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Saint of the Day for 17 March: St. Patrick

St. Patrick: Apostle of Ireland and Patron of the Spread of Celtic Christianity


St. Patrick




5th century, Scotland


6th century, Down, Ireland


17 March


2004 edition


O St. Patrick Bishop sent by God to the peoples of Ireland as an apostle of the Gospel and who from the height of your sanctuary look down upon our Communities. continue upon us your powerful intercession. Make our youth firm in the faith. Confirm the uncertain. strengthen the weak, help the aged, comfort the sick. Bless those who travel by all means on the roads of the world Let concord and peace reign in our parishes, and deliver us from the dangers of soul and body. We ask this through Christ our Lord.

Patron of

Treia, Torre San Patrizio, Casaletto di Sopra

Roman Martyrology

Near the town of Down, Ireland, the birthplace of St. Patrick, Bishop and Confessor, who first proclaimed Christ in that island, and shone by great miracles and virtue.



The Saint and Mission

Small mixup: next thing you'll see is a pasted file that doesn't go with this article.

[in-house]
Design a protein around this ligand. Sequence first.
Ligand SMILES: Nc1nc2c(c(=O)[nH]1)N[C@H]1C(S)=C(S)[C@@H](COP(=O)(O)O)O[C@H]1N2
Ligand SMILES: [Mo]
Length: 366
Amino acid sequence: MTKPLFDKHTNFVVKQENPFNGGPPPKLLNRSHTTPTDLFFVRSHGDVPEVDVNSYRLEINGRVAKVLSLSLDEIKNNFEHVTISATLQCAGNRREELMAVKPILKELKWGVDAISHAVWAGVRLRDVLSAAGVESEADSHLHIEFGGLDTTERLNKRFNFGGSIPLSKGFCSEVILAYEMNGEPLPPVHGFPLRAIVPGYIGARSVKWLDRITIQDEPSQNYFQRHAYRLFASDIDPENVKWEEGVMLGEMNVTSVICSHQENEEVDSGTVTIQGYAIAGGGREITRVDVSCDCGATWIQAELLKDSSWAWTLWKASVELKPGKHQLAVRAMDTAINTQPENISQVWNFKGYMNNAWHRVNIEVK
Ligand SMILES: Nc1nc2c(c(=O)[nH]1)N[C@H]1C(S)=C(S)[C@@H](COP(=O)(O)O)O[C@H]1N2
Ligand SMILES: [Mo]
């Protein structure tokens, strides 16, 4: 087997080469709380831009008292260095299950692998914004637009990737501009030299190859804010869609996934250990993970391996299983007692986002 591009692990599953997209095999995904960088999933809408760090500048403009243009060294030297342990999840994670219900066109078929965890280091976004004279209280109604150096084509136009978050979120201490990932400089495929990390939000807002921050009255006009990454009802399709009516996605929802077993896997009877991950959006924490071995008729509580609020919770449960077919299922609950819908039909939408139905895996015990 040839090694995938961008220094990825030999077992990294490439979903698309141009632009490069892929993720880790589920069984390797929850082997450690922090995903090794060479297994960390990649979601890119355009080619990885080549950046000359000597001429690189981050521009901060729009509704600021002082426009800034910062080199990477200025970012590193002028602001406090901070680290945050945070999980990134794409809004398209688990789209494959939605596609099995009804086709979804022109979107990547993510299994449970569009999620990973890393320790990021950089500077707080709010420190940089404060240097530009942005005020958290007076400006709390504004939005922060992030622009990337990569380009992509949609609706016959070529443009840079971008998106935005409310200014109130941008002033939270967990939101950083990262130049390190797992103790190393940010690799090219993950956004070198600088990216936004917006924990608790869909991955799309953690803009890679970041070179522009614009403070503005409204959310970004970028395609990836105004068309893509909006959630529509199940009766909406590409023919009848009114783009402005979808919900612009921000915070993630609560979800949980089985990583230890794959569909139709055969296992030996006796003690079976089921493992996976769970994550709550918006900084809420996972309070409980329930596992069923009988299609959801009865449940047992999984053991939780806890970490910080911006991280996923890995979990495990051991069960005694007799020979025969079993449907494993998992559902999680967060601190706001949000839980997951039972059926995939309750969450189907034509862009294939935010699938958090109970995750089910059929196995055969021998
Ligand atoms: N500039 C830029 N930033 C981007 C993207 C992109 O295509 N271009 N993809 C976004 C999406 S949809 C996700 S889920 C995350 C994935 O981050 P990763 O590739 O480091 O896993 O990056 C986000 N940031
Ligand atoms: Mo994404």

Saint Patrick, known universally as the Apostle of Ireland, is an emblematic figure in the history of Christianity for his crucial role in the evangelization of Ireland. His life, imbued with faith, courage and an incredible dedication to the mission entrusted to him, is a living testimony of how divine guidance can transform a land and the hearts of its people. Born in Britain in the 4th century and captured by pirates as a teenager, Patrick lived for six years as a slave in Ireland, an experience that, rather than breaking him, deepened his faith and brought him closer to God. His subsequent escape and return to his homeland could have marked the end of his history with Ireland, but Patrick felt an irrepressible calling to return to the land of his slavery, this time as a bearer of the light of the Gospel. St. Patrick’s mission in Ireland was not simply to convert a people to Christianity; it was a mission of cultural and spiritual transformation, carried out with a deep respect for local traditions and beliefs. Patrick understood that evangelization should not be a process of erasing existing culture, but rather a fruitful dialogue that would allow Christianity to enrich and elevate itself within the Celtic traditions. Using symbols culturally significant to the Irish people, such as the shamrock to explain the concept of the Trinity, Patrick demonstrated an uncanny ability to communicate profound spiritual truths in ways that were both understandable and captivating to his listeners. This approach, which combined cultural sensitivity and theological depth, facilitated the acceptance and adoption of Christianity across Ireland, leading to the founding of numerous churches and monasteries that would become centers of learning, spirituality and cultural preservation for centuries to come. But St. Patrick’s mission was not only spiritual in nature; it was also intrinsically social. He worked to promote peace between the various Irish clans and kingdoms, promoting justice and fairness, and offering protection and assistance to the most vulnerable. In this sense, his work can be seen as an early example of a holistic Christian mission, which includes the care of the soul as well as that of the body and society. St. Patrick embodies the ideal of the Christian missionary, whose faith, hope, and love for God and his people guide every aspect of his life and work. His legacy, indelibly imprinted on the history and culture of Ireland, reminds us that the mission of spreading the Gospel is imbued with challenges, but also with immense possibilities for transformation and renewal. The life of St. Patrick is an invitation to live our faith with boldness, creativity, and a deep commitment to the well-being of all of God’s children.